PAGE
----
• Mark B
      Posted February 16, 2014 at 9:52 am | Permalink

      I say we should have a central Government for England first ans then, perhaps, work on this Region idea, after we have left the EU. That way, we can build a system that suits us, rather than the EU.

      Not falling for the trap U5 ;)

  32. Mark B
    Posted February 15, 2014 at 11:43 pm | Permalink

    Q: Who speaks for England ?

    A: No one !

    Q: If this was a vote winner in many key marginals, would it matter ?

  33. Max Dunbar
    Posted February 16, 2014 at 12:51 am | Permalink

    Perhaps the name ‘United Kingdom’ is part of the reason why it makes it easier for separatists to attack the country from within and claim that they represent a geographical area and its constituent population. After all if we were ‘Britain’ only, then these distinctions would probably be more difficult to emphasise and it would be harder to claim a contrived and spurious right to break off a specific chunk of sovereign territory. I am not, however, advocating abolishing the monarchy!

    Spain is not called the United Kingdoms of Spain and Germany is not refered to as the United Principalities of Germany. I can’t see either of these nations tolerating a subversive movement to destroy them from within.

    The question needs to be asked how we have ended up in this mess. Why did we let things get to this stage? Why have the iniquities generated by regional devolution which are prejudiced against England been allowed to continue – by the English? Who is to blame and when did the rot set in? Is this the same apathy that led to the immigrant invasion?

    • Denis Cooper
      Posted February 16, 2014 at 12:02 pm | Permalink

      We have ended up in this mess primarily because of party political polarisation between different parts of the country, which has been exacerbated by the first past the post electoral system for Westminster, coupled with the fact that it is only three centuries since Scotland was a separate sovereign independent state and it is relatively easy to conceive of it reverting to that status, compared to say the resurrection of Wessex or even Northumbria.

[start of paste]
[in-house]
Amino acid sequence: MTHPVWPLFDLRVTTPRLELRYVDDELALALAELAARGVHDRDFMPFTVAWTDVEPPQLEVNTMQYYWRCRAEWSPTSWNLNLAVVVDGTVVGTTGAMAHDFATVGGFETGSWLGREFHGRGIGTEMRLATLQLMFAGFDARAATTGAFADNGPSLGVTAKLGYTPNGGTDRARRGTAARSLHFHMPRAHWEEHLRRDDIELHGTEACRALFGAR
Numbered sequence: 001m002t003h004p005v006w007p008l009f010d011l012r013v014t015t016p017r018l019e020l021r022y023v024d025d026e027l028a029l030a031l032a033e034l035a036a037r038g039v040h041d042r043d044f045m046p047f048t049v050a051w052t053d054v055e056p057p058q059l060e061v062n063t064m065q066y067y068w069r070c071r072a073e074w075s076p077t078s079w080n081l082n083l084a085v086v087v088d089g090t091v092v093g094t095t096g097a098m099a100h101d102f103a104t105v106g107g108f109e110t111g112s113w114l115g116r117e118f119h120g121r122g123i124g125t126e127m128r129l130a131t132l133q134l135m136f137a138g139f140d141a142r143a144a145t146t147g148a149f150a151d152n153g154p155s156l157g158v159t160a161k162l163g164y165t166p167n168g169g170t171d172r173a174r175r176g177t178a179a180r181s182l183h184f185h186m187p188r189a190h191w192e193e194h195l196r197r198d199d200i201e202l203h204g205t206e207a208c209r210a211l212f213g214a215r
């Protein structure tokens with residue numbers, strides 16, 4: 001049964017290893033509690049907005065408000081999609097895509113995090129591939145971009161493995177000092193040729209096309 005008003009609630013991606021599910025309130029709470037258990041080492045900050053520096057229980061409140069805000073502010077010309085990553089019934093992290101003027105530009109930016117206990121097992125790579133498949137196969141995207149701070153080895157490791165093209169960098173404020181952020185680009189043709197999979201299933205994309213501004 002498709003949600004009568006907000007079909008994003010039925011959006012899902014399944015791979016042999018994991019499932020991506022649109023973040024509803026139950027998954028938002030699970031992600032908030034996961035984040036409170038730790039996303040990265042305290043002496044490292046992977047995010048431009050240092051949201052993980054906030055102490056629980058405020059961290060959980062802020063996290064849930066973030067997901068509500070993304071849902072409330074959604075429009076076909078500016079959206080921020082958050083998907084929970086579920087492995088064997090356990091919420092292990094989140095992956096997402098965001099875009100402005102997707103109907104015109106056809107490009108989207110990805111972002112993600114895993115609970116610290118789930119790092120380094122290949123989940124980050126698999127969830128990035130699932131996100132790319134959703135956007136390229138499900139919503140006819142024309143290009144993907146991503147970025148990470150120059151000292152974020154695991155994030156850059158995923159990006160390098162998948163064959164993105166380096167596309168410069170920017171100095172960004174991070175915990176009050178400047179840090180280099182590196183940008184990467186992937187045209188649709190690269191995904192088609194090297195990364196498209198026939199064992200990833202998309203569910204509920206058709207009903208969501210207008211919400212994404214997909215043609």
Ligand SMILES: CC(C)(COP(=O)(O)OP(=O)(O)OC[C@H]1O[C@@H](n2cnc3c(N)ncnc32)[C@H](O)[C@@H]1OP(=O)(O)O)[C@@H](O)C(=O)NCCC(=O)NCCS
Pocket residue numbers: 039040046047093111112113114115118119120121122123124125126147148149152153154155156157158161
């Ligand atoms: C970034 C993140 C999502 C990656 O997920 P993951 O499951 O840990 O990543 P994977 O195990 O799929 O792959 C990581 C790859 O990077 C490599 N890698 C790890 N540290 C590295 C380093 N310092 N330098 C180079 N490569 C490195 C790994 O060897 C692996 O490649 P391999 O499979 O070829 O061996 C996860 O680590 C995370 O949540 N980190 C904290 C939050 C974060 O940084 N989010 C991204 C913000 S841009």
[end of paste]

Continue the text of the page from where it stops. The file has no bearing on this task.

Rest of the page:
The electoral system having the consequence that the Tories and their Unionist allies could go from attracting more than half of the votes and winning more than half of the seats in Scotland at the 1955 general election to still attracting a fifth of the votes but winning no seats at all in 1997; whereupon they were pronounced to be on the verge of extinction, which can be a self-fulfilling prophecy.

      There’s an interesting article here which says a lot just in its title:

      http://eprints.lse.ac.uk/38349/1/blogs_lse_ac_uk-The_decline_of_the_Conservative_party_in_Scotland_has_more_do_to_with_its_own_failings_than_the_rise_.pdf

      Really the two things which stop people in the north of England following the Scots in considering a future independent from the rest of the UK are their deep sense of being English and the absence of any clear historical border already drawn on the map which could be easily accepted as the line of separation; in terms of hostility to the Tory party they are now not far behind the Scots.

  34. Terry
    Posted February 16, 2014 at 12:09 pm | Permalink

    Who speaks for England? Why, UKIP, of course. Dithering Dave and his boy band does nothing for my country.

  35. JA
    Posted February 16, 2014 at 7:50 pm | Permalink

    Voter turnout 28.2%

    The people are telling you this: